– In the lungs, it’s manifested by an increase in the number of breaths per minute (from an average 18 to over 25 breaths per minute);
-In the digestive tract, transit is accelerated and it is manifested by frequent unformed stools (5-7/zi);
– Skin becomes thin and wet, at times even excessively wet because the patient has hormone calorigen tirodieni; then light traces on the body remains due to peripheral vasodilatation (dermographism accent);
-Mentally, it is manifested by agitation, insomnia, trembling limbs, and Basedow Graves (goiter exophthalmos) disease plus ocular changes, the most obvious being “staring eyes” (eye protrusion);
– Rapid weight-loss even if the patient has appetite and eating well (sometimes above average).
“When patients exhibit one or more of these clinical symptoms, they should go to the endocrinologist (many patients go directly to a cardiologist or a gastroenterologist etc and forget about this aspect),” warns Dr. Constantin Dumitrache.

Causes  of hyperthyroidism

The main reason is the emergence of autoimmune pathology substances that stimulate the thyroid leading to an excess of thyroid hormones. Another reason could be the formation of hiperfunctionala tumor in the body which puts into circulation a large amount of thyroid hormones. Stress can also trigger or exacerbate autoimmune system. “Very often stress is found in each patient’s history (the story told the doctor that triggered the disease). Patients with hyperthyroidism are contraindicated foods with excessive consumption of iodine (including iodized salt),”says Dr. Constantin Dumitrache.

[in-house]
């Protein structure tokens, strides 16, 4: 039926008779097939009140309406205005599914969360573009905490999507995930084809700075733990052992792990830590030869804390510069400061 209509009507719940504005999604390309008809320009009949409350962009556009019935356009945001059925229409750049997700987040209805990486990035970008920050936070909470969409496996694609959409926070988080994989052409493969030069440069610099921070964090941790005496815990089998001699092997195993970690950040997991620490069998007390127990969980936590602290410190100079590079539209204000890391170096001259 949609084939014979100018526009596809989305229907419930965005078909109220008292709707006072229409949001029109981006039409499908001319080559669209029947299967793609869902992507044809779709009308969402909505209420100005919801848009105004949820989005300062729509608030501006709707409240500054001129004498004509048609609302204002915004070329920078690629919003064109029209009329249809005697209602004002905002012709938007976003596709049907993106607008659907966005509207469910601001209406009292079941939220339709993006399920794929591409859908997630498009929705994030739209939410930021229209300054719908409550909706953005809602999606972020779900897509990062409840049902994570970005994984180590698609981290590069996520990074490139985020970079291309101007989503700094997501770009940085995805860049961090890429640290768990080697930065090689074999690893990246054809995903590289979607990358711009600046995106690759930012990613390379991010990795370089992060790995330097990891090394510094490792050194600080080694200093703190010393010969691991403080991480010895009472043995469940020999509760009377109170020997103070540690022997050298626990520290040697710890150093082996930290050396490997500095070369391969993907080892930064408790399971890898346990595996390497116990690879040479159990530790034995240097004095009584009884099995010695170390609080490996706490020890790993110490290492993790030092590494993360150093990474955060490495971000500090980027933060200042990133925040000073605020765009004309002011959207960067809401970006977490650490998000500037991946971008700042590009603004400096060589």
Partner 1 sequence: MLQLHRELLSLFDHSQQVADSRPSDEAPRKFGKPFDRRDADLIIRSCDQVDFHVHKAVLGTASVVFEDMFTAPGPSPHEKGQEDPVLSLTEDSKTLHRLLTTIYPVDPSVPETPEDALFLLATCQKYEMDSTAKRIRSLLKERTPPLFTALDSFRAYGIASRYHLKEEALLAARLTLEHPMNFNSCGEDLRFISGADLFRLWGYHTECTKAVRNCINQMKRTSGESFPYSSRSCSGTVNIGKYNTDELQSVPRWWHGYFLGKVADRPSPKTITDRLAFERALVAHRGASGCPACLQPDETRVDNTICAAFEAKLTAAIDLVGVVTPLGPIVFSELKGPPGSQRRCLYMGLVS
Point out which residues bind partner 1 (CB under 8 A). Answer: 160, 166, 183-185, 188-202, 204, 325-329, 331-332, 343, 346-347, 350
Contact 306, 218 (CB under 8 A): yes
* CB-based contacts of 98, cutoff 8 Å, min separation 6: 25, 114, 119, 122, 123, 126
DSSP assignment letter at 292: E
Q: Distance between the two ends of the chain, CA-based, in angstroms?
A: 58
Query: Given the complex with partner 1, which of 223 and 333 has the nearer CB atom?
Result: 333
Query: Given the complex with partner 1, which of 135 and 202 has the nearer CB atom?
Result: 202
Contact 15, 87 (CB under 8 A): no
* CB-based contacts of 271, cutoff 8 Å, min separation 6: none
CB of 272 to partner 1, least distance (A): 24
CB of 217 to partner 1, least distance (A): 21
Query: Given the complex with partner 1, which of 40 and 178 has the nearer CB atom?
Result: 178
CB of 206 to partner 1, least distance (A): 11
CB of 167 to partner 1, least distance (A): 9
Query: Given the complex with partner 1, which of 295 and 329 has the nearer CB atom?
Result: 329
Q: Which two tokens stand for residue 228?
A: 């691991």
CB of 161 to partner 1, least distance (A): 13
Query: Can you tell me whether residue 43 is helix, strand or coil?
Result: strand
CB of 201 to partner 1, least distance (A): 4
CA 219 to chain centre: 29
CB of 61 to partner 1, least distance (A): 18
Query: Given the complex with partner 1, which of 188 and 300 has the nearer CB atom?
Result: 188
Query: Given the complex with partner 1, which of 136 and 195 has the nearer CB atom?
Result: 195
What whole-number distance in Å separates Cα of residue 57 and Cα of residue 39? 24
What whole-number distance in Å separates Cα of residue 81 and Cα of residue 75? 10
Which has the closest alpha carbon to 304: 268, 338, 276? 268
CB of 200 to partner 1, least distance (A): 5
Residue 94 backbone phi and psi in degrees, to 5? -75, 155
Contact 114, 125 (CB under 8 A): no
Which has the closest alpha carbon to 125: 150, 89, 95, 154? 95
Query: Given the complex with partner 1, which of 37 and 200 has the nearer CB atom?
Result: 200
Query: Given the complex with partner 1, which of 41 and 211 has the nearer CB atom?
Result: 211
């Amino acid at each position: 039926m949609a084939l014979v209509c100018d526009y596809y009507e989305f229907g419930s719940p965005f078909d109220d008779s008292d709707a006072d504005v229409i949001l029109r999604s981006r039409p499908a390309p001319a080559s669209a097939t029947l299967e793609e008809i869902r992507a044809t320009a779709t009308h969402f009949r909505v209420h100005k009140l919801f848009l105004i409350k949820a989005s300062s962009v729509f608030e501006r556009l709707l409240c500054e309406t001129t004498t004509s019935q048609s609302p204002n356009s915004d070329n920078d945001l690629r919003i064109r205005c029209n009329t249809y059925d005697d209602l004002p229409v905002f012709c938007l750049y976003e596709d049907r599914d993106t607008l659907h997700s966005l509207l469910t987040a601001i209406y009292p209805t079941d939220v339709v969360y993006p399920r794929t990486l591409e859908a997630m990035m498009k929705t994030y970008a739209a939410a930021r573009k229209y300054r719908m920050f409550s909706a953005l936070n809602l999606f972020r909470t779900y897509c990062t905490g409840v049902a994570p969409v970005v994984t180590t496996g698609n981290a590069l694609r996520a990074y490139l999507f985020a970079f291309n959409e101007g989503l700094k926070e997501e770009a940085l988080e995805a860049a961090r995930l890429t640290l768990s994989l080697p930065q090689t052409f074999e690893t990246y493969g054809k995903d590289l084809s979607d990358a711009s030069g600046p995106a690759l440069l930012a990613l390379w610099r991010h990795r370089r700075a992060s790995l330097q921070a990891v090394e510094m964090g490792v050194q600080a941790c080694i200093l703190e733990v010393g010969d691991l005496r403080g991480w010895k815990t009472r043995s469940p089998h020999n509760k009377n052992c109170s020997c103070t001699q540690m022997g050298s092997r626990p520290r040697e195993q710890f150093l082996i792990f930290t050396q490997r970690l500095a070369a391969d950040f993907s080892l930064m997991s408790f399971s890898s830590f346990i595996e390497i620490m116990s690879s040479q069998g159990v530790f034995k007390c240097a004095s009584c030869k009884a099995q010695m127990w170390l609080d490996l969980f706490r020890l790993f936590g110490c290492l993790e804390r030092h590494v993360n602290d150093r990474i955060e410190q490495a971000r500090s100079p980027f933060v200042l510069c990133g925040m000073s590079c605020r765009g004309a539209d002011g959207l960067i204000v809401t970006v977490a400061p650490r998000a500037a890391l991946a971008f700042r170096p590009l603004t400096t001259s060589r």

Treatment of thyroid diseases

Most thyroid diseases are treated with medication. For hypothyroidism, there are thyroid hormone medicines and the dose can be  determined based on severity of the disease. For hyperthyroidism, one might have to resort to antithyroid drugs, radioactive iodine, or surgery (thyroidectomy) when the disease does not respond to medication.

C. Thyroid cancer

Thyroid cancer is quite often the case gusilor nodular, and especially in gusile uninodulare. Romania is a country with iodine deficiency, and there are many people with endemic goiter, about 20-30% of the population. Thyroid cancer is a slow growing cancer, and the diagnosis is made on fine needle aspiration puncture. The thyroid is removed completely through surgery and then follow it up with radioactive iodine to remove the remaining cancer cells that could remain in the tissue. Doctors determine the required dose, and this medication should be followed during the patient’s entire life.


When patients exhibit clinical symptoms of hypo or hyperthyroidism, they should go to the endocrinologist. It’s recommended that pregnant women must visit an endocrinologist for preliminary check up and in the first year after birth, the thyroid function should be tested to prevent associated (postpartum thyroiditis) diseases.